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Book review: Tolkien’s Faith: A spiritual biography by Holly Ordway

by
16 February 2024

J. R. R. Tolkien’s fiction is imbued with his faith, says Alexander Faludy

THE Lord of the Rings is of course a fundamentally religious and Catholic work; unconsciously so at first, but consciously in the revision”. So wrote its author, J. R. R. Tolkien, in a 1953 private letter as his magnum opus was being prepared for publication.

The extent to which Christian sensibility informs the work, however, escapes most readers. That perhaps helps to explain its enduring popularity not only in the secularised West, but in non-Christian cultures, such as that of Japan.

The gap in understanding, which this book addresses, arises partly because the narrative force of The Lord of the Rings (TLoR] engages readers of all backgrounds, and also because the overlay of Norse mythological elements distracts them. Holly Ordway’s reading of TLoR in dialogue with Tolkien’s documented spirituality, however, clarifies the picture.

Tolkien has had good previous biographers — notably, Humphrey Carpenter. Thus, although Ordway unearths interesting details about Tolkien’s Roman Catholicism, her work’s value lies more in placing known facts in new patterns of relationship with each other and Tolkien’s literary oeuvre.

Earlier writers’ struggle to articulate how Tolkien’s faith fed his creativity is understandable. Unlike his Anglican friend C. S. Lewis, Tolkien took no public part in Christian apologetics and also sometimes played down TLoR’s Christian features in media interviews. Ordway argues that obliqueness with vis-á-vis TLoR’s Christianity reflects not just commercial prudence, but, paradoxically, his Oratorian spirituality.

That tradition fosters robust private habits of spiritual discipline, but deplores showy piety. St Philip Neri, its progenitor, encouraged humour and cheerfulness in his Brothers (in contrast to St Benedict), seeing laughter as medicine against pomposity. Such a spirituality refuses to take itself too seriously — while taking God very seriously indeed.

It is unsurprising, then, that Tolkien, given to scrupulosity, worried that talking about the things of God in relation to his own work risked “making me sound more self-important than I feel”. It also likely explains his presentation of the Hobbits as not only “merry and full of laughter”, but also “curiously tough” — the balance reflecting the Oratorian ideal of personality.

Tolkien’s mother, Mabel, an impoverished widow, an Anglican, became a Roman Catholic in 1900. At eight years old, John Ronald Ruel (J. R. R.) was, just, above the age of “reason”. Thus, he was not conditionally baptised together with Mabel, but went through his own reception and confirmation at the age of 12.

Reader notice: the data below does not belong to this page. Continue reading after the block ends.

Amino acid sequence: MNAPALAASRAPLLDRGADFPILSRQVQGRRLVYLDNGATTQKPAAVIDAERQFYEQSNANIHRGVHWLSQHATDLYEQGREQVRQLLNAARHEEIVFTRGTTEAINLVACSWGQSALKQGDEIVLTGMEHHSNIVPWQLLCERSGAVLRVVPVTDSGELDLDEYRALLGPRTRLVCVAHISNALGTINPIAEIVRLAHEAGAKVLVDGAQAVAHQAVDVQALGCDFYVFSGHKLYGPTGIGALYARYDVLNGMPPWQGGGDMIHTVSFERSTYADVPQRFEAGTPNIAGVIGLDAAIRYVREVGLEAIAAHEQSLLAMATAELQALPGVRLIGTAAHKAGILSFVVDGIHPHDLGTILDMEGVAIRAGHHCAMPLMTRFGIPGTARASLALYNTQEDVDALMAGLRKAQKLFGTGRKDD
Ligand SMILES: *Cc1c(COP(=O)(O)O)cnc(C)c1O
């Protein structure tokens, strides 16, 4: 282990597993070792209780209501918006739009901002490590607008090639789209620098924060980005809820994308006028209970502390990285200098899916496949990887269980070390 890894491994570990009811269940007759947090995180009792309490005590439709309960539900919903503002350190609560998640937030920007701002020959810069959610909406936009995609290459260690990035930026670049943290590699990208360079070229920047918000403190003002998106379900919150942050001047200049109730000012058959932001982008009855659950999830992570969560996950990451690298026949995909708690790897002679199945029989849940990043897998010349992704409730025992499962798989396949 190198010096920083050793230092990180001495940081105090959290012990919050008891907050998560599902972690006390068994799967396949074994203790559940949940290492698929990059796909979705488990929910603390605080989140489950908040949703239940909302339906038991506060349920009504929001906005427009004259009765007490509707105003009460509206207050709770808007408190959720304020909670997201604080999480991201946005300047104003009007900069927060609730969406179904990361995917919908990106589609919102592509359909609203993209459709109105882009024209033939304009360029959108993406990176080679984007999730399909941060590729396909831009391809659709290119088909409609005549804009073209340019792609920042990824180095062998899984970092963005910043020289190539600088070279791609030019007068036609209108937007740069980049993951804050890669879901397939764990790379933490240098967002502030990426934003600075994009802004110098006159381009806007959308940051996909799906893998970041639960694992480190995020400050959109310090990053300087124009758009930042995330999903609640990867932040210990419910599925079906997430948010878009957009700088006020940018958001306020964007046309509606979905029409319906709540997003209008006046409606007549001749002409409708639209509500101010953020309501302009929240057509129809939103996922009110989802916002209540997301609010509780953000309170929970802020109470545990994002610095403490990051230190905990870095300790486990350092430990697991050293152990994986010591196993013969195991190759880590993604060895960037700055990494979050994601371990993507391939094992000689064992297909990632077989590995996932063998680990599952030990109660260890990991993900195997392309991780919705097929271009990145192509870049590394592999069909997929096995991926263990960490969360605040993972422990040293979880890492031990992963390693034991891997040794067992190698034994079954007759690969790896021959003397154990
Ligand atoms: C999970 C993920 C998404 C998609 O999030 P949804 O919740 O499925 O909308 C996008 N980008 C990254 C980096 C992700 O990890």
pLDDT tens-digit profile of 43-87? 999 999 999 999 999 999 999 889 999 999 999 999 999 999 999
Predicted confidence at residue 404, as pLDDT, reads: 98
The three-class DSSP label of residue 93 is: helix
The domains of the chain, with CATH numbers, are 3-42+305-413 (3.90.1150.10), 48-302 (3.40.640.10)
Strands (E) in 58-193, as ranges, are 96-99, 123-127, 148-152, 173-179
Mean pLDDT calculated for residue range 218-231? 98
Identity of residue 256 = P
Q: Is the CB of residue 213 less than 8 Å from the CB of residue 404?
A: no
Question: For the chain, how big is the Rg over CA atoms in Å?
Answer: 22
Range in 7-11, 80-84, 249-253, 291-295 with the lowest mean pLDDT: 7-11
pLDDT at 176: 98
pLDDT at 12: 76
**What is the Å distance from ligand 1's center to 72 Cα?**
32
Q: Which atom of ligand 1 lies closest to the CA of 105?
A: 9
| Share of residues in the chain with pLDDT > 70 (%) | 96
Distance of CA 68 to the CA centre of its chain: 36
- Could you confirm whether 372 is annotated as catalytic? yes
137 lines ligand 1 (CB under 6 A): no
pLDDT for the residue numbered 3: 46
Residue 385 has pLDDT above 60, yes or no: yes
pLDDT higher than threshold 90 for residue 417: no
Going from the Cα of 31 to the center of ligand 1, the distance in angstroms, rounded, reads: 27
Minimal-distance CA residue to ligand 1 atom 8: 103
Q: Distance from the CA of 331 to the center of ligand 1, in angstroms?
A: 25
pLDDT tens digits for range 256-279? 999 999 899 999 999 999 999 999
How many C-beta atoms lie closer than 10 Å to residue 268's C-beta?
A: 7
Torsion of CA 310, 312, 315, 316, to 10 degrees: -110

The family worshipped at the Oratory of St Philip Neri, Birmingham, which had been founded 50 years before by John Henry Newman. It enjoyed a high reputation for learning and culture and became a sympathetic “home” for the precocious Tolkien. Its priestly community also offered father-figures to supply the void left by the untimely death of his own father.

Tolkien became literally a “child of the oratory”, aged 12, after Mabel died of diabetes. Orphaned John Ronald and his brother, Hilary, became wards of the Oratory priest Fr Francis Morgan: the boys lived across the road, and their own lives were subsumed into the Oratory’s daily schedule of masses and activities. Morgan remained Tolkien’s guardian until he was 21, but the influence of the Oratory’s culture was lifelong.

alamyJ. R. R. Tolkien, subject of a new “spiritual biography”

Tolkien took the confirmation name “Philip” in honour of Neri. A hidden, but detectable, “P” features in Tolkien’s personal monogram, which graces today’s TLoR editions. A similar “encoding” occurs inside TLoR itself .

Unlike Lewis’s Chronicles of Narnia, Tolkien’s TLoR is not a Christian allegory: its “narrative arc” manifests no structural transposition of Jesus’s vicarious suffering, death, or resurrection. Paradoxically, Ordway argues, Christianity isn’t the “picture” that we see painted on TLoR‘s canvas. Instead, Christianity is the “canvas” — and the “paint”.

TLoR has no Christ-figure, but its protagonists’ moral sensibility becomes fully intelligible only within a Christian framework. On Mount Doom, Gollum’s surprise intervention to fulfil the task that Frodo cannot (thereby relieving him of his moral and physical burden) occurs only because Frodo has first shown Gollum mercy. Privately, Tolkien linked this with the Lord’s Prayer petition “Forgive us our sins as we forgive those who sin against us”. On their journey, Frodo and Sam are also sustained with lembas, the special Elven bread that strengthens their wills — recalling the eucharistic host as viaticum (“journey money”).

TLoR’s core action occurs between 25 December (Christmas) and 25 March (the Annunciation), disclosing to those “with eyes to see” the Christian co-ordinates of its moral universe. Thanks to Ordway, more readers can now see likewise.


The Revd Alexander Faludy is a freelance journalist based in Budapest.

 

Tolkien’s Faith: A spiritual biography
Holly Ordway
Word on Fire Academic $27.96*
(978-1-68578-991-6)
*from bookstore.wordonfire.org

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